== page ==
Early Tuesday morning, the store was already doing brisk business, despite having been open for just one day. Multiple customers told ARLnow how excited they were to have an independently-owned coffee shop in the plaza, which is also home to Outback Steakhouse and used to house the now-shuttered Filipino grocery store Fiesta Oriental.
Sense of Place is open from 7 a.m.-3 p.m. weekdays and 8 a.m.-2 p.m. Saturdays. It is closed on Sundays.
Hat-tip to Mike Marketti.
(Updated at 7:20 p.m.) Local coffee shop Commonwealth Joe is encouraging Arlingtonians to explore businesses in Crystal City and Pentagon City with special “passports.”
The program will run for a week, from today (August 7) until Sunday, August 13. People can stop by Commonwealth Joe (520 12th Street S.) and pick up their own passport, or they can get a team passport for up to three people.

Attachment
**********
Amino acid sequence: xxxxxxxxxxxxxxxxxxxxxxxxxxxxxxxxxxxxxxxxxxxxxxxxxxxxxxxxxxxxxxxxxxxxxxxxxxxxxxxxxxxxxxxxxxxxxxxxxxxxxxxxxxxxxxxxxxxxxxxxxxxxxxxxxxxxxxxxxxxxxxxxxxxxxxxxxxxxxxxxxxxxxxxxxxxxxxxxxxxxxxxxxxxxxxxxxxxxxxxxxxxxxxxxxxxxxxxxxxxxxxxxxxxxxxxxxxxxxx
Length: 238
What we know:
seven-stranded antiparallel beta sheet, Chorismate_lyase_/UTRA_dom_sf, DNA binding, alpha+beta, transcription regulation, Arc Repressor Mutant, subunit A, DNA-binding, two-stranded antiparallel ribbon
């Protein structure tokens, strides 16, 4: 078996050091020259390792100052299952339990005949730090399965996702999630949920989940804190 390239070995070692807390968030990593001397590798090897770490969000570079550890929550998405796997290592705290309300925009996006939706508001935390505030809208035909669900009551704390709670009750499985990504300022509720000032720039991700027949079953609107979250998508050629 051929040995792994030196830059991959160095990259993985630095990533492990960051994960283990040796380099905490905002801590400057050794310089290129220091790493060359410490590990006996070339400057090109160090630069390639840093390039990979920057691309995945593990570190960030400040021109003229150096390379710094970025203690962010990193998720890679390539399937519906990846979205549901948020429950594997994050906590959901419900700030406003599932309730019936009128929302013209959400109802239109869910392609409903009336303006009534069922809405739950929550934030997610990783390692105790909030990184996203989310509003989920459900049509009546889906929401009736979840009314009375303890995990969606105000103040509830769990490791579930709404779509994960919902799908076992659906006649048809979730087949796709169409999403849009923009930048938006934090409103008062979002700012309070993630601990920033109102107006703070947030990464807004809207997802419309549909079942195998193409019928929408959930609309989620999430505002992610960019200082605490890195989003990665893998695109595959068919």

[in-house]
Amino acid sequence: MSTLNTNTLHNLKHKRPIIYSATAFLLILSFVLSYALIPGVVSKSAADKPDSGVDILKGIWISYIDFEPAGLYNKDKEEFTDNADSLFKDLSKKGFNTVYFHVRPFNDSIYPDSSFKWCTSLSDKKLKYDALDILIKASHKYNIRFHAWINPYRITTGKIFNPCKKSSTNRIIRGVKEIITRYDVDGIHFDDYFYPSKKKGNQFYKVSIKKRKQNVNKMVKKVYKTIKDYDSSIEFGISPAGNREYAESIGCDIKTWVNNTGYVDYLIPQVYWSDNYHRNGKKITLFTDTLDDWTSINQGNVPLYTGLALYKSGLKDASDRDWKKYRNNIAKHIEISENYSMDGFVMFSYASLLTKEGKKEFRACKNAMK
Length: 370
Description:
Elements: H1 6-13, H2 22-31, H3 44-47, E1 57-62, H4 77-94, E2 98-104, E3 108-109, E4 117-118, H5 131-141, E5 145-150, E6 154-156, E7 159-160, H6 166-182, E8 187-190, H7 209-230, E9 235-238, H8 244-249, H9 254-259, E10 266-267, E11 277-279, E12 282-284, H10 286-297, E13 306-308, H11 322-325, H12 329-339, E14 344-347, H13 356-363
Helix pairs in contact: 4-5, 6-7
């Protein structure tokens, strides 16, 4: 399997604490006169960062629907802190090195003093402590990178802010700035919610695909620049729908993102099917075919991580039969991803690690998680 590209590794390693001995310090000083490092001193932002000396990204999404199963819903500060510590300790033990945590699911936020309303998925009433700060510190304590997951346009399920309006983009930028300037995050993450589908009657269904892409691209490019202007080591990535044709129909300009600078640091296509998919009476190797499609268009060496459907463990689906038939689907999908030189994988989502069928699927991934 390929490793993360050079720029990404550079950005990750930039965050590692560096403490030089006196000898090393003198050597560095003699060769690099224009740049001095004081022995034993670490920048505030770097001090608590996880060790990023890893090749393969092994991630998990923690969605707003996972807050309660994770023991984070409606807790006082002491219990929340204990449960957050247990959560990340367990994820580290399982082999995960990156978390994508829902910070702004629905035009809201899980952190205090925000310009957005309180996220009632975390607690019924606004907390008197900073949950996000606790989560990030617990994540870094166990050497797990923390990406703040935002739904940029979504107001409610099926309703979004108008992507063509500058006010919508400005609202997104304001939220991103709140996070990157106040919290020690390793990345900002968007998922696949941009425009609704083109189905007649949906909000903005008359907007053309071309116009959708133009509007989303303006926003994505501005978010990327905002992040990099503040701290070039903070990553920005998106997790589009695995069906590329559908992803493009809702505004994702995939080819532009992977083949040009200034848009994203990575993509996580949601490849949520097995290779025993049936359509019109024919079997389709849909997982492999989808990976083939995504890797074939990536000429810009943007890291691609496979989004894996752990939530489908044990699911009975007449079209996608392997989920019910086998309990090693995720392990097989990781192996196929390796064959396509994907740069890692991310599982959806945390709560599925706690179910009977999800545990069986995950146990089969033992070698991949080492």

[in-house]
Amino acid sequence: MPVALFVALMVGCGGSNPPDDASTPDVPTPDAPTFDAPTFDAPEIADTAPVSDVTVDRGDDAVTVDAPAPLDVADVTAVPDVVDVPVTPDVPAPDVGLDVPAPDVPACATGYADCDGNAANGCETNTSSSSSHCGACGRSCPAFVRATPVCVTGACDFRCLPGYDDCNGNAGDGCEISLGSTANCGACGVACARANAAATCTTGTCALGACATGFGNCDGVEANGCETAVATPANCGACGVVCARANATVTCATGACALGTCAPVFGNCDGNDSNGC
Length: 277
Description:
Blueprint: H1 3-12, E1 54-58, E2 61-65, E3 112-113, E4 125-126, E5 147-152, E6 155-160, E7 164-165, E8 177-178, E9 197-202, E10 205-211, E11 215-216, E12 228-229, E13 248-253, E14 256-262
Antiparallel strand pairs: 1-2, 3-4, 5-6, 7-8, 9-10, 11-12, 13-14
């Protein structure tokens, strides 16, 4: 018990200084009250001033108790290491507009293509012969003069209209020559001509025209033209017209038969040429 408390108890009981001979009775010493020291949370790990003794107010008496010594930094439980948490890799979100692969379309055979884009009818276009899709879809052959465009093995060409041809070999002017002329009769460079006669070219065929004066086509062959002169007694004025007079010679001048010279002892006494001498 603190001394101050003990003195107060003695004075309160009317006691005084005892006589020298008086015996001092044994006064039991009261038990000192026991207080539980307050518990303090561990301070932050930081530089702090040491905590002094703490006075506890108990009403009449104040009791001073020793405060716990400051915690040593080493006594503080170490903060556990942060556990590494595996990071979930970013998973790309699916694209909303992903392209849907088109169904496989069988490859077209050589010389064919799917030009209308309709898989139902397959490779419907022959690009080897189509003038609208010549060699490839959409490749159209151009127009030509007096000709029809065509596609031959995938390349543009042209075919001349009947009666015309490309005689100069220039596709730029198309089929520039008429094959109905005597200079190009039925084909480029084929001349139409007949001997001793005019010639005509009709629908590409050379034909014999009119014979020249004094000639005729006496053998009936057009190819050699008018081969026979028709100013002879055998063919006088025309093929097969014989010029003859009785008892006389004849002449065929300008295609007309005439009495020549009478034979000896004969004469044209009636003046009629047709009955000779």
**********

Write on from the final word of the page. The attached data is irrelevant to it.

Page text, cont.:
Once passports are claimed, the goal is to visit all of the participating businesses to get the passports stamped.
In addition, there will be prizes for the first three teams to get all of the stamps. These grand prizes include day passes from Earth Treks, free Sweetgreen salads, WeWork merchandise and more.
A spokeswoman for Commonwealth Joe said they started this event to help build relationships with other local businesses and to help people explore the neighborhood.
Clarendon is getting a new option for coffee, donuts and ice cream.
A joint Dunkin’ Donuts and Baskin Robbins store is coming to a ground floor space on at the corner of Clarendon Blvd and N. Garfield Street, one block from the Metro station. The space was formerly occupied by a dining area for Pete’s New Haven Apizza, which downsized earlier this year.
Permits have been issued for the interior buildout of the store, but so far there’s no word on an opening date. The new shop will join existing, nearby Dunkin’ Donuts locations in Courthouse, Virginia Square, Ballston and Cherrydale.
In March, ARLnow reported that reps for Dunkin’ had visited the space at 3017 Clarendon Blvd and were considering a lease.